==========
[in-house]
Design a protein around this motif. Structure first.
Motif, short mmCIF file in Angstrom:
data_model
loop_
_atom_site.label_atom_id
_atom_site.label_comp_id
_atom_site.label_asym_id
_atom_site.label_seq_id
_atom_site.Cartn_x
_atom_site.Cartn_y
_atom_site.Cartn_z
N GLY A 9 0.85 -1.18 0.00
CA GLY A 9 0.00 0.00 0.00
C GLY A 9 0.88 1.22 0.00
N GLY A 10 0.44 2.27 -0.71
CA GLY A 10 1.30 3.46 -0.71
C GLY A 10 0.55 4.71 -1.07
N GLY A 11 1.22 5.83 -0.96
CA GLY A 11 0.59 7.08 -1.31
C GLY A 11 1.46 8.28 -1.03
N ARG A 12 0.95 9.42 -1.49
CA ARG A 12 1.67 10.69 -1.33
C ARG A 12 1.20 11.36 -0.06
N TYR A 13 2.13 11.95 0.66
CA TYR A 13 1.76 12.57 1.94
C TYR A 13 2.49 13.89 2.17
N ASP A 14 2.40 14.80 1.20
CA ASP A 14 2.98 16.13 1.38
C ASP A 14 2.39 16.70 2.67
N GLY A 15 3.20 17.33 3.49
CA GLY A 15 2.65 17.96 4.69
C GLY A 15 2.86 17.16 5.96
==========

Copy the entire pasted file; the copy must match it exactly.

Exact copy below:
[in-house]
Design a protein around this motif. Structure first.
Motif, short mmCIF file in Angstrom:
data_model
loop_
_atom_site.label_atom_id
_atom_site.label_comp_id
_atom_site.label_asym_id
_atom_site.label_seq_id
_atom_site.Cartn_x
_atom_site.Cartn_y
_atom_site.Cartn_z
N GLY A 9 0.85 -1.18 0.00
CA GLY A 9 0.00 0.00 0.00
C GLY A 9 0.88 1.22 0.00
N GLY A 10 0.44 2.27 -0.71
CA GLY A 10 1.30 3.46 -0.71
C GLY A 10 0.55 4.71 -1.07
N GLY A 11 1.22 5.83 -0.96
CA GLY A 11 0.59 7.08 -1.31
C GLY A 11 1.46 8.28 -1.03
N ARG A 12 0.95 9.42 -1.49
CA ARG A 12 1.67 10.69 -1.33
C ARG A 12 1.20 11.36 -0.06
N TYR A 13 2.13 11.95 0.66
CA TYR A 13 1.76 12.57 1.94
C TYR A 13 2.49 13.89 2.17
N ASP A 14 2.40 14.80 1.20
CA ASP A 14 2.98 16.13 1.38
C ASP A 14 2.39 16.70 2.67
N GLY A 15 3.20 17.33 3.49
CA GLY A 15 2.65 17.96 4.69
C GLY A 15 2.86 17.16 5.96